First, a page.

Note: Tail docking is the practice of amputating a young puppy’s tail without anaesthetic, often for aesthetic reasons. It’s a very painful procedure that can lead to chronic issues, while also making it more difficult for the dog to communicate. For this reason, The Dog Clinic is firmly against tail docking, unless it is a medical necessity.

What Should I Do If My Dog Has a Tail Injury?

If you suspect that your dog has a tail injury, it’s crucial to contact your vet as soon as possible. Tails are sensitive, and an injured tail can cause significant pain and distress. A tail injury can also make it harder for your dog to communicate.

Signs of a tail injury can include:

  • Visible wounds
  • Sensitivity or soreness
  • Swelling
  • Bleeding
  • Drooping tail
  • Kinks or bumps along the tail
  • Changes to your dog’s wagging behavior
  • Vocalizations such as whimpering or crying (or letting out a yelp when tail touches something)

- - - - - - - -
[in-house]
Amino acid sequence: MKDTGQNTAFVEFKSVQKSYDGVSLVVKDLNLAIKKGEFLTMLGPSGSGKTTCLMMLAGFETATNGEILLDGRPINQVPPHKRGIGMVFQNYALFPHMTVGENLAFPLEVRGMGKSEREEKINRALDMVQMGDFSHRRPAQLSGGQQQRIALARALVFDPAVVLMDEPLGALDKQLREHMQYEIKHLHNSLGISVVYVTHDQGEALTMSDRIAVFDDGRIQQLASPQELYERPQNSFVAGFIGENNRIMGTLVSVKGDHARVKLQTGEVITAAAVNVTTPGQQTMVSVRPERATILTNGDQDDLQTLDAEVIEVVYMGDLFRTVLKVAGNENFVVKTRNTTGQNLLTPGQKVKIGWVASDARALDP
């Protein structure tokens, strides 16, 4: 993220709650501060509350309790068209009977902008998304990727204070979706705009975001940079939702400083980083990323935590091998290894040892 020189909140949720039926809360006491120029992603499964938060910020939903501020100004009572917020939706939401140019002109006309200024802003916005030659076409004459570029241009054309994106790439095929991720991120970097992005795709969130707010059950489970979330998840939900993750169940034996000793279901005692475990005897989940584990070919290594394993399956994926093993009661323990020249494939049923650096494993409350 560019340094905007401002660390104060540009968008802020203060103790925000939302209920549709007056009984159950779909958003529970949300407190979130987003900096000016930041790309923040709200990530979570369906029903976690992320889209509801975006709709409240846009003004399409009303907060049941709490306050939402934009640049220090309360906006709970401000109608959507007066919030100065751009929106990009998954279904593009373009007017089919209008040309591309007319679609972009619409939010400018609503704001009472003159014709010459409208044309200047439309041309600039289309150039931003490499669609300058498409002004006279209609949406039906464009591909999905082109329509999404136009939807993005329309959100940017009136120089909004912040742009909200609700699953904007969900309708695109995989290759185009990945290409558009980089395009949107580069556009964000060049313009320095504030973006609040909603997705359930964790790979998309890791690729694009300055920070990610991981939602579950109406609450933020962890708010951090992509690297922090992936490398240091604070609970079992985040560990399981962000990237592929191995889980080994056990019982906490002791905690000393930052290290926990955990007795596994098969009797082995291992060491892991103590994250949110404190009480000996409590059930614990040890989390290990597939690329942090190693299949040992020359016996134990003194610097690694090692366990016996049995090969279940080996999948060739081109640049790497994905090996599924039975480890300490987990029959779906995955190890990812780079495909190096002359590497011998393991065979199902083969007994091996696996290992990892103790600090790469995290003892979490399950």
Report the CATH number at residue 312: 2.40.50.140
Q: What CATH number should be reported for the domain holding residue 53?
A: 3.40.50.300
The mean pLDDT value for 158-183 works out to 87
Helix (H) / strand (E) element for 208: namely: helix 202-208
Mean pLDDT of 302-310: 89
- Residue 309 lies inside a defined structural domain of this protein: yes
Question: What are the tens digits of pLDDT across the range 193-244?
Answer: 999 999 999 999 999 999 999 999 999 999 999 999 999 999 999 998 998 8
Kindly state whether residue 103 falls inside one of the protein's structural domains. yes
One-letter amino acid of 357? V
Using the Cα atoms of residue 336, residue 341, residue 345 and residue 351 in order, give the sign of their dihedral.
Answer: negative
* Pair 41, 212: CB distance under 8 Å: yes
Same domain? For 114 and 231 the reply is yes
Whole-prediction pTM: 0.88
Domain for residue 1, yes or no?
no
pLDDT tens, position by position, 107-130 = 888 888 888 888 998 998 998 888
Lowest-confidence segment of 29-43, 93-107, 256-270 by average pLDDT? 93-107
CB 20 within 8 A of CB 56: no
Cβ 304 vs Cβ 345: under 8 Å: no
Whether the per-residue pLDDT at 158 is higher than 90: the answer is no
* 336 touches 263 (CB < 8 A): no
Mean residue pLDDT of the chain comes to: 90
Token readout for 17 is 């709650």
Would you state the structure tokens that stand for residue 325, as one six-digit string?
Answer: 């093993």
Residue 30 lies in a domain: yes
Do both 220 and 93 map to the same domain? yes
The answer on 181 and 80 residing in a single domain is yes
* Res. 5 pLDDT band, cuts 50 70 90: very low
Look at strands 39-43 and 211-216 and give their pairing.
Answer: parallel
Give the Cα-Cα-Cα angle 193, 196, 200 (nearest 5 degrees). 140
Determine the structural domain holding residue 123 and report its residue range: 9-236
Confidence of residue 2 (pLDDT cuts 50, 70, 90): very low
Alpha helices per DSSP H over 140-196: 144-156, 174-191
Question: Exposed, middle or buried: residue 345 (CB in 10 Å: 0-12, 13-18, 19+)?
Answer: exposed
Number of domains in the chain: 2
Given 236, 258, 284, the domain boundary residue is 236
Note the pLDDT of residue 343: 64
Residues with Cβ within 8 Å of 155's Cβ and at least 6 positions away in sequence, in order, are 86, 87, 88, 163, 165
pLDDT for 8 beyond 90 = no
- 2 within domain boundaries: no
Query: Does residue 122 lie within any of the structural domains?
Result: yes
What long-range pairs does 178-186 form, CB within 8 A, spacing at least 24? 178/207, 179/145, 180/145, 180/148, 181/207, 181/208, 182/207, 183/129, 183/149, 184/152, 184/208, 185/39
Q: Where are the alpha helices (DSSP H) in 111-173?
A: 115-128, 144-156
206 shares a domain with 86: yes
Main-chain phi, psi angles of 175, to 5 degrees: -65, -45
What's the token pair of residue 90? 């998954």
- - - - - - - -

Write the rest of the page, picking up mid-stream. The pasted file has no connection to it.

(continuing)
• Difficulty standing or walking
  • Guarding the tail
  • Changes to behaviour

To accurately diagnose a tail injury, your veterinarian might perform a physical exam of the tail area and take medical images. Depending on the symptoms, they may also take skin scrapings or perform blood tests.

Also, keep in mind that a tail injury can sometimes mimic other conditions. “Diseases like anal furunculosis and anal gland abscesses can cause a dog to hold their tail low and vocalize,” says vet Dr Linda Simon. “Many owners I see suspect a tail injury, but we then find there is something else entirely going on.” So, a visit to the vet is essential!


Dogs can feel their tails, with nerves and muscles providing sensations and movement. They also understand that the tail is part of their body and generally don’t like it to be touched.

Unfortunately, dogs can suffer from various tail injuries that may cause pain. Quick veterinary intervention is always important if you suspect that your dog has issues with their tail.


Richard Cross

Richard is a journalist who specialises in dog behavior. He's written hundreds of articles and books related to dogs, including for the Continental Kennel Club, Dog Fest (the UK's biggest dog festival) and various veterinary surgeries. When he's not spending time with Jess and Rudy (his beloved Labrador and Golden Retrievers), he enjoys reading, hiking and watching sports.